From: RegTech Analyst
After several high-profile Twitter accounts were compromised in a bitcoin scam, crypto traders worry that it will put the industry in a bad light.
Elon Musk, Kim Kardashian, Barack Obama and Jeff Bezos were among the many high-profile Twitter accounts that were used in a hack attack that was part of a big bitcoin scam on Wednesday.
The affected accounts posted near-identical messages saying that they would send back the double amount in bitcoin sent to their accounts. In the end, the scammers got away with about $120,000.
To fight back against the incident, Twitter suspended some accounts and disabled all verified accounts from tweeting. It also removed the tweets.
In a statement, Twitter later said that the social media platform had suffered “a coordinated social engineering attack by people who successfully targeted some of our employees with access to internal systems and tools.”
The hackers then used this access to take control of the verified accounts and tweet on their behalf.
“We’re looking into what other malicious activity they may have conducted or information they may have accessed and will share more here as we have it,” Twitter said.
In regards to reducing access to the site for some accounts, Twitter acknowledged that it “was disruptive, but it was an important step to reduce risk.”
“We have locked accounts that were compromised and will restore access to the original account owner only when we are certain we can do so securely,” Twitter said.
“Internally, we’ve taken significant steps to limit access to internal systems and tools while our investigation is ongoing. More updates to come as our investigation continues.”
Now, cryptocurrency stakeholders lament that bitcoin will continue to be associated with criminality as the Twitter hack will add to reports about cryptocurrencies being used to launder money or, as in the infamous OneCoin case, form the centre of elaborate multi-million scams.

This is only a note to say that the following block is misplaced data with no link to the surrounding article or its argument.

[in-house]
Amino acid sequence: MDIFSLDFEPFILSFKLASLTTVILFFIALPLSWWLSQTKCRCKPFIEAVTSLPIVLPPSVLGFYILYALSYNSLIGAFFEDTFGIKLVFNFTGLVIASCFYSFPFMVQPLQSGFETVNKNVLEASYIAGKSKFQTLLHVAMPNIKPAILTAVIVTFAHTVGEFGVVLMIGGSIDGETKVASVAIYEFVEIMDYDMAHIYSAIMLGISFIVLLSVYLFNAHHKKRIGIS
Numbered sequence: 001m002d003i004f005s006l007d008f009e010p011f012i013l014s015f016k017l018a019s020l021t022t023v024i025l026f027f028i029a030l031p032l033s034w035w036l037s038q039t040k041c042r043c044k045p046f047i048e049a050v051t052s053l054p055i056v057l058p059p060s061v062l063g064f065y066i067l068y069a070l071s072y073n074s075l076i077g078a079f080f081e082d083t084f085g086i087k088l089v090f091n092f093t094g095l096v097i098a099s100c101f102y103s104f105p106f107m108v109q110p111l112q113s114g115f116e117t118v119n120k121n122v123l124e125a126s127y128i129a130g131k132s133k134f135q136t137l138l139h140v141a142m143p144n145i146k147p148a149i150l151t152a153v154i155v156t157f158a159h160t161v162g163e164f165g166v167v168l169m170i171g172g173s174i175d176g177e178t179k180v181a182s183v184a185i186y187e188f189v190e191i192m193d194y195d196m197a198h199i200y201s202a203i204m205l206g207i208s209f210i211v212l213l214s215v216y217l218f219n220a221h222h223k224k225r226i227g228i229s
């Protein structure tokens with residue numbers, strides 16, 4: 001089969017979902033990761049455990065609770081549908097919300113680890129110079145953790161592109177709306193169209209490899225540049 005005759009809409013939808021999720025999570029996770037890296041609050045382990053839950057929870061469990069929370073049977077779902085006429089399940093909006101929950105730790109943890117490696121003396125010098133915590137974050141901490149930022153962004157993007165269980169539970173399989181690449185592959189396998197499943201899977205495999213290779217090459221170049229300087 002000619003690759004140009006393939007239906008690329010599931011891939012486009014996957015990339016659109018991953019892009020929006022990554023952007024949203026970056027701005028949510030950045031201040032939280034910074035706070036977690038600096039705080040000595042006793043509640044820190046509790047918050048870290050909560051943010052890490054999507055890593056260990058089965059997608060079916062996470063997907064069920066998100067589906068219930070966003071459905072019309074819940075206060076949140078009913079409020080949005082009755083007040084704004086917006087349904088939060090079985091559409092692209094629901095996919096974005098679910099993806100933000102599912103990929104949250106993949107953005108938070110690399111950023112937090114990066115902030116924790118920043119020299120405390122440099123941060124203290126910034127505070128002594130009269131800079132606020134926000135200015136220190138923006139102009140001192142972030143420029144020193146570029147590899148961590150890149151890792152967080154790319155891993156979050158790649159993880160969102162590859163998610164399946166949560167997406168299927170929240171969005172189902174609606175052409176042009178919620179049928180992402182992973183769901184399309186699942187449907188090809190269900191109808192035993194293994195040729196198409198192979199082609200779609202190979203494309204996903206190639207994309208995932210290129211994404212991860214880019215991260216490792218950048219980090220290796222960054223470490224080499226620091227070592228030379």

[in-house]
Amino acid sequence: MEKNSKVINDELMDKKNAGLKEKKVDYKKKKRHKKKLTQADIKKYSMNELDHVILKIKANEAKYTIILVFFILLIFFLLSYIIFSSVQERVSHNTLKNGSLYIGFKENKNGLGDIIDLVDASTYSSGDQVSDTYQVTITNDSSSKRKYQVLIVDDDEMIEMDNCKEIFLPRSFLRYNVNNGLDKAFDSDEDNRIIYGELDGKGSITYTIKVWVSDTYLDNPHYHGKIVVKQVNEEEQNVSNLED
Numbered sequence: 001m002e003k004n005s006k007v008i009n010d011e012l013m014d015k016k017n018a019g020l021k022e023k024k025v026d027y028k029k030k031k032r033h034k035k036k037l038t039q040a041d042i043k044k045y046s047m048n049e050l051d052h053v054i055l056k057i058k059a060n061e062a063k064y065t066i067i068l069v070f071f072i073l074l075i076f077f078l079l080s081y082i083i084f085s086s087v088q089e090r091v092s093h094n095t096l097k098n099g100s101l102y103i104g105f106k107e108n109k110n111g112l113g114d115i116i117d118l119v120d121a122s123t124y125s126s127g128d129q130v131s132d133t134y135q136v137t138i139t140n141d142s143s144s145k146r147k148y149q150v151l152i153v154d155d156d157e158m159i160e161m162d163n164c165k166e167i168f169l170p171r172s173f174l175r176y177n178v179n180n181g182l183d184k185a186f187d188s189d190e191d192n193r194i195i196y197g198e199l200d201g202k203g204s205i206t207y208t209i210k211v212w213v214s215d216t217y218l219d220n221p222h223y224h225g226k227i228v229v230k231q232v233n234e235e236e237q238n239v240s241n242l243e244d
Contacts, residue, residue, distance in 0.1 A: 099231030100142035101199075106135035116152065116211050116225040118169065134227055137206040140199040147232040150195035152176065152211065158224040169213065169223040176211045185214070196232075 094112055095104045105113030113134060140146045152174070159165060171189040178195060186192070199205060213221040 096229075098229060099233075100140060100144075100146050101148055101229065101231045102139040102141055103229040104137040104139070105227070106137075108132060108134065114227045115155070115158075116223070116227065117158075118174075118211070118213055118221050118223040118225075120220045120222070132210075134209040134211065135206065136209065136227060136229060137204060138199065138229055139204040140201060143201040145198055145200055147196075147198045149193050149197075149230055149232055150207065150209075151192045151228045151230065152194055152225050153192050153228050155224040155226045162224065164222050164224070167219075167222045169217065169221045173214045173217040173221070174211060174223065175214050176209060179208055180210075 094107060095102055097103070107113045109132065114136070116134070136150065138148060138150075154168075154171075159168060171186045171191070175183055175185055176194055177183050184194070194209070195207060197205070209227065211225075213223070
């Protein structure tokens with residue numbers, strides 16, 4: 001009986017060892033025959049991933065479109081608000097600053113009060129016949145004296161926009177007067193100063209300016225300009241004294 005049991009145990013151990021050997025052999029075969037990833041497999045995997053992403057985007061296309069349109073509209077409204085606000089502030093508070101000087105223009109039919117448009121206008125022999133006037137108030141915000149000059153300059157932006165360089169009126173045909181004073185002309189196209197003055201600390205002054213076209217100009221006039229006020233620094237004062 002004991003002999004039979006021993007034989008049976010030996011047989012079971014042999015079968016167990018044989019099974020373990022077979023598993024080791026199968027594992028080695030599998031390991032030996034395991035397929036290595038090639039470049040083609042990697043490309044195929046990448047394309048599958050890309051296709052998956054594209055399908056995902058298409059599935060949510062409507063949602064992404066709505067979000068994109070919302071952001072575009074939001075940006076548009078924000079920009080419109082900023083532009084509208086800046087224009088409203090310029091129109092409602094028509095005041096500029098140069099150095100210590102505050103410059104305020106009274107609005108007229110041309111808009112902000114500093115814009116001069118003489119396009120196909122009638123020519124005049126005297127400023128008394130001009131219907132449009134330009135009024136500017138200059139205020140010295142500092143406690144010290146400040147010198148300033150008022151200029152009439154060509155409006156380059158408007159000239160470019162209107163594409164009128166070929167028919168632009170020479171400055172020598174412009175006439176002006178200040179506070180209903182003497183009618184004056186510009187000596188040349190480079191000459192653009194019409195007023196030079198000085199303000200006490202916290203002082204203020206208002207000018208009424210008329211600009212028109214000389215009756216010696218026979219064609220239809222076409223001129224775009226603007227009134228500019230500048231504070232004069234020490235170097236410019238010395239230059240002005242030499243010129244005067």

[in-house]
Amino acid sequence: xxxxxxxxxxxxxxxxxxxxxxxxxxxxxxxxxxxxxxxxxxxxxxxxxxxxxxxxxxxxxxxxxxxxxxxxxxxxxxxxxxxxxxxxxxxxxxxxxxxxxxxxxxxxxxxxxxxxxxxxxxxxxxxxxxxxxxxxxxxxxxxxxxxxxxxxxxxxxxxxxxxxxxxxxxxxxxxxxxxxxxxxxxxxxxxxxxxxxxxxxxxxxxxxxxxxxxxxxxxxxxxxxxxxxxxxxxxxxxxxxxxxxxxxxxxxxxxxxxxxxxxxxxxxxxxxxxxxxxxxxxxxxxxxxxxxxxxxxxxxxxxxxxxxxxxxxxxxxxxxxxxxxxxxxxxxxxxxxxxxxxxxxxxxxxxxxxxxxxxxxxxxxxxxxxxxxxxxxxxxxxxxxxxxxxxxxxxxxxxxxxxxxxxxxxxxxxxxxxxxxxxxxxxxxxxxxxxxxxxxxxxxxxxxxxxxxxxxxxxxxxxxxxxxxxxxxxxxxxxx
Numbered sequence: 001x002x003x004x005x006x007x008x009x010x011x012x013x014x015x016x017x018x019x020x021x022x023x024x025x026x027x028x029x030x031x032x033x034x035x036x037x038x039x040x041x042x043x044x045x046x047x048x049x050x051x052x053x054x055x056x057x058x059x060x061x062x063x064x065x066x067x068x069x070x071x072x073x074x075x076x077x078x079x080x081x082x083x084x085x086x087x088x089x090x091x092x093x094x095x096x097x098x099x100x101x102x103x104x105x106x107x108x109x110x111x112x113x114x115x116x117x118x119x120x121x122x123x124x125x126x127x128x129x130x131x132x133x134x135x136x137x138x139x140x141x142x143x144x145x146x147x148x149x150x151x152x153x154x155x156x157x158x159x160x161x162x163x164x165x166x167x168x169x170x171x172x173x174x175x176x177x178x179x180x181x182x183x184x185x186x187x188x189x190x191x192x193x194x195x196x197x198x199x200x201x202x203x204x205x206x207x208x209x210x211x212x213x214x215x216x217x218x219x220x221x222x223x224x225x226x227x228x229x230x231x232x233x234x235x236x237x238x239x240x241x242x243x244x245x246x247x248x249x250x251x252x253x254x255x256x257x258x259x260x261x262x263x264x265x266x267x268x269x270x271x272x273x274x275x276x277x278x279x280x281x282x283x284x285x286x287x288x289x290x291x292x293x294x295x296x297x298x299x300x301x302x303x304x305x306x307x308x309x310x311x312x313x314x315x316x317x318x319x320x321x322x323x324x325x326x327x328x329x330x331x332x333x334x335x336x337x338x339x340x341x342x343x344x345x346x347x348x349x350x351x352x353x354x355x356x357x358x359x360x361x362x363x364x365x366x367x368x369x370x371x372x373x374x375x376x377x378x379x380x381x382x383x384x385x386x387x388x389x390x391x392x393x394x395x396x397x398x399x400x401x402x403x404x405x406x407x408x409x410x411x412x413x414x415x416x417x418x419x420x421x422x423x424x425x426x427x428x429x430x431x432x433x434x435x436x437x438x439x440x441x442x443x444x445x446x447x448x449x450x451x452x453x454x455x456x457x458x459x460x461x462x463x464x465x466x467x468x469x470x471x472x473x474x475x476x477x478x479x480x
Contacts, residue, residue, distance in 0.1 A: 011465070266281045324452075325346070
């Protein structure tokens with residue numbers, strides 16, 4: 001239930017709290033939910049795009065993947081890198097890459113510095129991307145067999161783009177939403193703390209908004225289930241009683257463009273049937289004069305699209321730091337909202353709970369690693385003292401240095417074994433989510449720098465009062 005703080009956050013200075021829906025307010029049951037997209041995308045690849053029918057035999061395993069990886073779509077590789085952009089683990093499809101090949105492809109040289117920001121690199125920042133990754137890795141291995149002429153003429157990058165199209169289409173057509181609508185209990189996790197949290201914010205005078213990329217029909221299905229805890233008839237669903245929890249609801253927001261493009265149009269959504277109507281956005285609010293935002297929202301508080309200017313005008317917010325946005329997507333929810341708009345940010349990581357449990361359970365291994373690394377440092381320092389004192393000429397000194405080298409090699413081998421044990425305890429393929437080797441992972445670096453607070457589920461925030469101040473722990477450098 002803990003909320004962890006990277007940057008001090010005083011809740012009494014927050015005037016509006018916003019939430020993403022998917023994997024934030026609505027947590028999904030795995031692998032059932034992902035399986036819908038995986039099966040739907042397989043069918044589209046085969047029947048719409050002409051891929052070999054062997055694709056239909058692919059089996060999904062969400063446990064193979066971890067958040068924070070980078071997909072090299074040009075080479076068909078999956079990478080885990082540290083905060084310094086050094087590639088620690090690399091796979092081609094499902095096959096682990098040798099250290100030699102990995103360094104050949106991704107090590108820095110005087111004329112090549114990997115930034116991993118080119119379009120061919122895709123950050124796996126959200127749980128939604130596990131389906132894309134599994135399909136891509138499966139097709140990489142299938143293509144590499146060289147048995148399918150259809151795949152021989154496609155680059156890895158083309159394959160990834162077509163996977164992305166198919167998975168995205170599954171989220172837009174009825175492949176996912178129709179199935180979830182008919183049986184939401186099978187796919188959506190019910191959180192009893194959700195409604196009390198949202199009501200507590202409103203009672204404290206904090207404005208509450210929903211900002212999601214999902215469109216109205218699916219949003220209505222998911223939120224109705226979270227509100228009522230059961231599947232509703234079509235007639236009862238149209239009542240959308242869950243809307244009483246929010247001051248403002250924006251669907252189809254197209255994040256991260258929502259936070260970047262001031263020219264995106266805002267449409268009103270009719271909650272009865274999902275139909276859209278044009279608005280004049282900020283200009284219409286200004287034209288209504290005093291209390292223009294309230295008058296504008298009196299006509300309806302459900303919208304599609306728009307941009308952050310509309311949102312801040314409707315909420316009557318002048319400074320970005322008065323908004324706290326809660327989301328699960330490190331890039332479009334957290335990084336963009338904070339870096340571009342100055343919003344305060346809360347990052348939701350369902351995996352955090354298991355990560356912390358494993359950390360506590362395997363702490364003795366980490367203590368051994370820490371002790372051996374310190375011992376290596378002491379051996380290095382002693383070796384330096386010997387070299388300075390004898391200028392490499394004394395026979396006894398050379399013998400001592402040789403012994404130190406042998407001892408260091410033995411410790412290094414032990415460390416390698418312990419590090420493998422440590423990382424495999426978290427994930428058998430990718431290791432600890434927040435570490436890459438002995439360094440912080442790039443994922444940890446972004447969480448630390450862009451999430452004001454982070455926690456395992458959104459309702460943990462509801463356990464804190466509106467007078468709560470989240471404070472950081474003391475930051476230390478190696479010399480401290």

One of the people concerned about bitcoin’s reputation is Danny Scott, CEO at bitcoin trading platform CoinCorner.
“It’s a shame that people are now associating bitcoin with this Twitter hack as bitcoin itself has never been hacked and wasn’t the problem in this scenario,” he said. “The problem was a centralised service, Twitter, which I feel helps emphasise the benefits of bitcoin’s decentralised nature and how an attack like this could not occur on bitcoin.
“It’s also highly unlikely the hacker did this for monetary gain. Contrary to what many people still believe, bitcoin isn’t anonymous and all eyes around the world will now be on these bitcoin addresses, and can track where it moves via Bitcoin’s public blockchain.”
Trying to put a positive spin on the incident Scott argued that the hack demonstrated “the power of bitcoin and that anyone can send something of value like bitcoin to anyone else in the world within seconds.”
The Twitter hack also highlights the ubiquity of social engineering hacks. A recent report from cybersecurity company Trustwave noted that over half of the breaches and incidents investigated in 2019 were social engineering reports.
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